19th Century, Business, Exploration, Health, Intercession, Jesus, Minnesota, Technology, Transportation

First Steamboat at Ft. Snelling 1823

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The “Virginia” is the first steamboat to reach Fort Snelling. Needed supplies are missing from the cargo, though the boat does carry the umbrella-wielding Italian count Giacomo Beltrami.*

Today’s meditation is on the relevance of the arrival of steamboats in the state of Minnesota. For the author, the practical is spiritual, and often the super-normal is the basis of the super-natural. Therefore, if I want to hear what my Good Father is saying to me today, I may have to slow my thoughts to the speed of a paddle-wheeler headed upstream. That said, below is a succinct general history to amplify this event:

“As early as the 17th Century a handful of explorers, hardy French voyageurs, and missionaries had ventured into the environs of the Upper Mississippi River Valley. Through a variety of relationships that included cooperation, intermingling, and competition with the native inhabitants of the region, several temporary encampments and forts had been established to support the lucrative fur trade. But most historians agree that nothing changed the frontier as quickly as steam transportation.(1)

In April, 1823 the small steam packet Virginia backed out into the channel of the Mississippi from the St. Louis levee to become the first boat to ascend the Father of Waters into what would later become the Minnesota Territory. This remarkable journey was chronicled by Giacomo Constantine Beltrami, the Italian explorer who went on to play an important role in Minnesota history. (2) A Kentucky family en route to the lead mines of southern Wisconsin on board the 118-foot vessel represented the first trickle of what would soon become a deluge of immigration. Also on board the Virginia for this historic trip was Captain William Clark of the famed Lewis and Clark Expedition of 1805.

Imagine the contrast of traveling in the relative ease and comfort of this sturdy little boat with his experience of just a few years earlier.” http://www.winonahistory.org/sesqui/steam/

There is much here to ponder: the new technology of the steamboat, how this technology changed history, and what timeless truths can we grasp from it? Lord of Mighty Rivers hear my simple thoughts and prayers.

Strong Creator, thank You for the scientific properties of water. It’s truly amazing! It’s like Your character, it can appear as ice, liquid, or steam, yet it is always the same substance. You put it into Your creative children to harness this transitional power for the betterment of humankind. Which of their ancestors would imagine that one day their boiling tea kettle would power massive loads upstream against the might of the Mississippi?

Here is my first confession and petition. Lord forgive our lack of imagination, both for ourselves, and for the dreams of others. May we practice to spur this generation to dream, and to the enjoyable discipline necessary to their fulfillment. May we be a voice of encouragement that pushes others to defy the current! Thank You for the symbolic value of the lonely Virginia moving slowly to its destination!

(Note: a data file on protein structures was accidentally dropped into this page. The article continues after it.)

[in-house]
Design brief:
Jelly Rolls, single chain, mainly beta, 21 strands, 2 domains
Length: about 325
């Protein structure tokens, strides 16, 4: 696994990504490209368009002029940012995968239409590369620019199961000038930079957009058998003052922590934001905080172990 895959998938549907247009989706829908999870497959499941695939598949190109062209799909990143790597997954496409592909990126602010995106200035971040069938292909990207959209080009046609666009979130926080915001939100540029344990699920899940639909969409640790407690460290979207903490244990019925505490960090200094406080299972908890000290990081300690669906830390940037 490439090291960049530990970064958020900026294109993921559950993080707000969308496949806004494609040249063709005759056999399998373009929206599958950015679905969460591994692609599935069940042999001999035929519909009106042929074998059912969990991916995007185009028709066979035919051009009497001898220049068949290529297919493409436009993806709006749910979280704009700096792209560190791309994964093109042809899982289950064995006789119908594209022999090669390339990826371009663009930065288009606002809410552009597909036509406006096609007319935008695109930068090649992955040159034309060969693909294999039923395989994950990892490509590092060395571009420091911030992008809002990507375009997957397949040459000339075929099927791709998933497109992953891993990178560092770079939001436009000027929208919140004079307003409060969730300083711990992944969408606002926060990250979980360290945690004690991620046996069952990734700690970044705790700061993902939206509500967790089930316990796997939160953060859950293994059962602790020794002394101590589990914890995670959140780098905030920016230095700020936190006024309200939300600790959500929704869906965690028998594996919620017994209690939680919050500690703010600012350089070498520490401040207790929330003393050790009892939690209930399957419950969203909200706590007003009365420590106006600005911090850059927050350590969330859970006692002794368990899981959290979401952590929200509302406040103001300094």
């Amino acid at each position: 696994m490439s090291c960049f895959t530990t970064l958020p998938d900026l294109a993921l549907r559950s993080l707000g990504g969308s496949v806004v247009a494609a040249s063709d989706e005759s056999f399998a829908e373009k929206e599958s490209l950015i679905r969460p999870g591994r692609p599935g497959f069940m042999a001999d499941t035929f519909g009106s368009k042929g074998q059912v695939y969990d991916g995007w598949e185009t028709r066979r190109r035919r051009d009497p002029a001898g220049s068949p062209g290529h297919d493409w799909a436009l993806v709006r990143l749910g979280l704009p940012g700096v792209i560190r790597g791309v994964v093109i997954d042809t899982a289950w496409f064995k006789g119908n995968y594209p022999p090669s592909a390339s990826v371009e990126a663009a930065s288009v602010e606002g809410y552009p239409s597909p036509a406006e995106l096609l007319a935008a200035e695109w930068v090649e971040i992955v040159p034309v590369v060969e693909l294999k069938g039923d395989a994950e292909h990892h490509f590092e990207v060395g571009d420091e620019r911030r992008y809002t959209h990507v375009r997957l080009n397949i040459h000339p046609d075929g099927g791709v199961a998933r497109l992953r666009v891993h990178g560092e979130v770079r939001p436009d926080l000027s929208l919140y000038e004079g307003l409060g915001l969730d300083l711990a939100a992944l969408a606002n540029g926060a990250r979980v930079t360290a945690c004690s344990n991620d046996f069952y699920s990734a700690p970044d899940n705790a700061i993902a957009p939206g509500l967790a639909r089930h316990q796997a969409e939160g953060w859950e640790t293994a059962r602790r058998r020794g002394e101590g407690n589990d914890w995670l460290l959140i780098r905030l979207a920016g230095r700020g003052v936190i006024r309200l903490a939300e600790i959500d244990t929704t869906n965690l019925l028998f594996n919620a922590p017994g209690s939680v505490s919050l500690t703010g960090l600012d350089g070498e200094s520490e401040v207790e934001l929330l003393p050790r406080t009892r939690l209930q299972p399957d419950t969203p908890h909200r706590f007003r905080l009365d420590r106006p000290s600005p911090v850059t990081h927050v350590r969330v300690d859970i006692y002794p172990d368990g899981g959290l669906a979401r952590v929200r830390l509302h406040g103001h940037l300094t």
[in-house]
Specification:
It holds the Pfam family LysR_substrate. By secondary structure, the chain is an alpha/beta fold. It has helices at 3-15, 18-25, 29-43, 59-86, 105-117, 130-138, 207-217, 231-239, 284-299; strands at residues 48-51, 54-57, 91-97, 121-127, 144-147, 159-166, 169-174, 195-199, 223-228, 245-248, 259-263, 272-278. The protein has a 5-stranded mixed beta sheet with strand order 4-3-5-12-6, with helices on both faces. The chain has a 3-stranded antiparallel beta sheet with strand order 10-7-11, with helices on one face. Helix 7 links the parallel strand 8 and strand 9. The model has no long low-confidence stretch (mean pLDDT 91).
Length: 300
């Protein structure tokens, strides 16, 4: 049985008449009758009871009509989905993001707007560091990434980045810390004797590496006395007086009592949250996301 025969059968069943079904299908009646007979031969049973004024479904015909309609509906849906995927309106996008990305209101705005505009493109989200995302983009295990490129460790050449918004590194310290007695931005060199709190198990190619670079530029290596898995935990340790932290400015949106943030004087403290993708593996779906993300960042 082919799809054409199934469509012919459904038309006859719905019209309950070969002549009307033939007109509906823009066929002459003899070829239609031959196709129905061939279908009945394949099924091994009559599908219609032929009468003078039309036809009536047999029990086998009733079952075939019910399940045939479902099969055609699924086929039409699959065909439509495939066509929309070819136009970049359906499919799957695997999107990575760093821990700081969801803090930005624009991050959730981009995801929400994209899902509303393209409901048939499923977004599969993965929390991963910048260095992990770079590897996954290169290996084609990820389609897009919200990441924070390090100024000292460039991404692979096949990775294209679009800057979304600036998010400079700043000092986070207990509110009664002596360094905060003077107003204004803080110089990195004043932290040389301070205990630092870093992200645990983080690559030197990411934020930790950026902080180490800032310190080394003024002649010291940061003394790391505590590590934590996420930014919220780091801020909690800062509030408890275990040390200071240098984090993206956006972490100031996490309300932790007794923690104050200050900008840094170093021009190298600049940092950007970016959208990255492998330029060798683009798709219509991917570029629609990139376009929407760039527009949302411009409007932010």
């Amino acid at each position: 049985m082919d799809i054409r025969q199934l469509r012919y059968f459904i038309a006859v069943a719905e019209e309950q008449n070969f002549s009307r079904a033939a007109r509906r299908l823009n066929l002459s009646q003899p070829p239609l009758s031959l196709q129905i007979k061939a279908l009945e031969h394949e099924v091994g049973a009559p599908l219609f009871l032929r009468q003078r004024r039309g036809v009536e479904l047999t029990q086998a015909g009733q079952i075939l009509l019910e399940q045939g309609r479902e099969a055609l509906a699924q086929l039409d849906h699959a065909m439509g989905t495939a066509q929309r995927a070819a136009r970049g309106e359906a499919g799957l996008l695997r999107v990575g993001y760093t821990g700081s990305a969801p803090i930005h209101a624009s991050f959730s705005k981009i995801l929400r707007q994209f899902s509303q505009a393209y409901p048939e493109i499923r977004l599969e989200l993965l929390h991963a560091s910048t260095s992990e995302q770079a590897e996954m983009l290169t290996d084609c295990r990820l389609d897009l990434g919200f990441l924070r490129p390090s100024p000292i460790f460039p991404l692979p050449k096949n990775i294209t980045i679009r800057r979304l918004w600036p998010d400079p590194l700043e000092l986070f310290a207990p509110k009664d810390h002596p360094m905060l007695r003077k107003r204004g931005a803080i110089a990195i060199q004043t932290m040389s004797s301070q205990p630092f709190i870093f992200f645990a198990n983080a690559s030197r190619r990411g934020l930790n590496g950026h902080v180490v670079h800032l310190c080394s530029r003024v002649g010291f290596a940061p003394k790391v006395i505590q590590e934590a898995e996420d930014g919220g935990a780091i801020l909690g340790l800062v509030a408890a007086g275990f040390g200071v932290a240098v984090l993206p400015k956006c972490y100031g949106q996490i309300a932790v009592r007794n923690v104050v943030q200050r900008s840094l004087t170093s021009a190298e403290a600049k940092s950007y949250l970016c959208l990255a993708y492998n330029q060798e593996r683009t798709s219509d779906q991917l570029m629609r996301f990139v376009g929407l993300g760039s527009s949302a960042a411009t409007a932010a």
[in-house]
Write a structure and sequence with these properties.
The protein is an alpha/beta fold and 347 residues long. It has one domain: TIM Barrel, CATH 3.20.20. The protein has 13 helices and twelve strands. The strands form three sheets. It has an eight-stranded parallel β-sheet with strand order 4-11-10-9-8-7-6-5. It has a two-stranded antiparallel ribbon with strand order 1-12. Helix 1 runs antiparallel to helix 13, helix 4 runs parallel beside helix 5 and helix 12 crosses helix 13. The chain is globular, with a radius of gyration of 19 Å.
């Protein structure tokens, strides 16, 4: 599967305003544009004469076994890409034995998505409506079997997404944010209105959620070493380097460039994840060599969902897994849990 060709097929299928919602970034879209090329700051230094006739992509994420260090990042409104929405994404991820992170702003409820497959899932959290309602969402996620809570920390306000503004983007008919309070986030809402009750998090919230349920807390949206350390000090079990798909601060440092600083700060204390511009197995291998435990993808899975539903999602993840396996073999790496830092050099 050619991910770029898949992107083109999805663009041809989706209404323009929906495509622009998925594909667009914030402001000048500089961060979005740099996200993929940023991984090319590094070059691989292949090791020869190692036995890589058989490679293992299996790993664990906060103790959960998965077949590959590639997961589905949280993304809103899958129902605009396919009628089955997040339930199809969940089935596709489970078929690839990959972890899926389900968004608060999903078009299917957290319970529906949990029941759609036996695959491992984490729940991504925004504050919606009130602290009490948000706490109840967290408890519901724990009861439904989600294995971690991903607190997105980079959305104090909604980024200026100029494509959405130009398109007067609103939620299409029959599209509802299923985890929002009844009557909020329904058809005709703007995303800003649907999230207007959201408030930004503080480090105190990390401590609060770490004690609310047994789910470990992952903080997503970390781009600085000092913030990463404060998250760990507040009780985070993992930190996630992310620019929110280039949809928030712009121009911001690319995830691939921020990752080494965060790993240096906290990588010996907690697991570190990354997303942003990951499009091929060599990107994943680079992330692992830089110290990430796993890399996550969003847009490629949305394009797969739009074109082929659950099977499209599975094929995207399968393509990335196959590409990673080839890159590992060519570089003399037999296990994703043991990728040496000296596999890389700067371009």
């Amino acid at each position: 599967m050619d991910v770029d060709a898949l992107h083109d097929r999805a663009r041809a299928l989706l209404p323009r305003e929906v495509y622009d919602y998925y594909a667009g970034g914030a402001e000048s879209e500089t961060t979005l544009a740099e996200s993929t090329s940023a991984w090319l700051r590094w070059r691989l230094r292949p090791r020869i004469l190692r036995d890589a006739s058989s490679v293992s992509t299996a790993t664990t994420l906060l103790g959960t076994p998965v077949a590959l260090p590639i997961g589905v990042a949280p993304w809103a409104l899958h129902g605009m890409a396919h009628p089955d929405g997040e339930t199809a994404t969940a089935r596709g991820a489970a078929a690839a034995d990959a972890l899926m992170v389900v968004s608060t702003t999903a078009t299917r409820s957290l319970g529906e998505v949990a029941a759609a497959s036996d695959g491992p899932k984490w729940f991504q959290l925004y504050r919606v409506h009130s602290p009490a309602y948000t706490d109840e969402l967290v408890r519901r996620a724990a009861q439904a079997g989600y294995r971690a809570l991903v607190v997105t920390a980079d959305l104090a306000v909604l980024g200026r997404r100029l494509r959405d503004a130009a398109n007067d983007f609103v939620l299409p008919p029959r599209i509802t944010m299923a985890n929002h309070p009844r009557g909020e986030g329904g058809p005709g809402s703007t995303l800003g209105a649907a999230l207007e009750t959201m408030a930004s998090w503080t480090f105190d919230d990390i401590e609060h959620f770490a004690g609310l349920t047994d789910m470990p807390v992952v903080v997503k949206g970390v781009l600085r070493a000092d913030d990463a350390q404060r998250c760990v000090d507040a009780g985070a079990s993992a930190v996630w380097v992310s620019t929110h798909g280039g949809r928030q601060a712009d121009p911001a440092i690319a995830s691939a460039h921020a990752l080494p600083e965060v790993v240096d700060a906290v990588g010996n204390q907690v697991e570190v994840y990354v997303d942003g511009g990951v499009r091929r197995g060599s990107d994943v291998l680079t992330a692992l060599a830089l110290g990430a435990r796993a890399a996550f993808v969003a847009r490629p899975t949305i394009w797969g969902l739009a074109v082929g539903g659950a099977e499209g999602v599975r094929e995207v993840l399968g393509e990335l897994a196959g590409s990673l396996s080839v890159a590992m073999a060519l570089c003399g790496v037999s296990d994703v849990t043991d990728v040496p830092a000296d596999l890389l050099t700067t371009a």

Next, new technology often makes the impossible possible, and the impractical practical. Again, who in the 18th century would think that their steaming iron maple syrup pot could actually become a boiler? And that that boiler would have the power to move unthinkable payloads up and downstream? And that those payloads would enable trade and previously unimaginable lifestyle for the average American?

We, in the 21st century, have the luxury to throw away old socks and t-shirts. Cotton products have become so accessible they are practically disposable. We do not know or remember that our ancestors may have experienced the incredible comfort of cotton articles from the South for the first time because of this steamboat’s success. Conversely, those in the South were likely amazed at the beautiful white flour Minnesota could send them so affordably.

Lord, we don’t often pause to remember what it’s like to do without. We do not see the masterful design of a plain white cotton t-shirt, or ponder that in past generations, it was a garment fit for a king. Or that the greatest chefs of Paris were astounded at the silky wheat flour from some unknown place called Minnesota. It was “Incroyable”!

Incredible Dreamer, thanks that You are not offended by our inventions! Thanks that this steamboat enabled Beltrami to better share his discoveries with a much wider audience. Ultimately, thanks that You take pleasure in our discoveries! May this river valley yield new discoveries and discoverers who make the impossible possible! (Just like You!)

*Note – PrayThroughHistory uses the timeline located for several years at the Minnesota Historical Society Web site, at this URL: mnhs.org/about/dipity_timeline.htm .  The current URL is www.dipity.com/Minnesota/History/Minnesota-History/ and only works if typed, not pasted, in browser. It is worth the effort!

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2 thoughts on “First Steamboat at Ft. Snelling 1823

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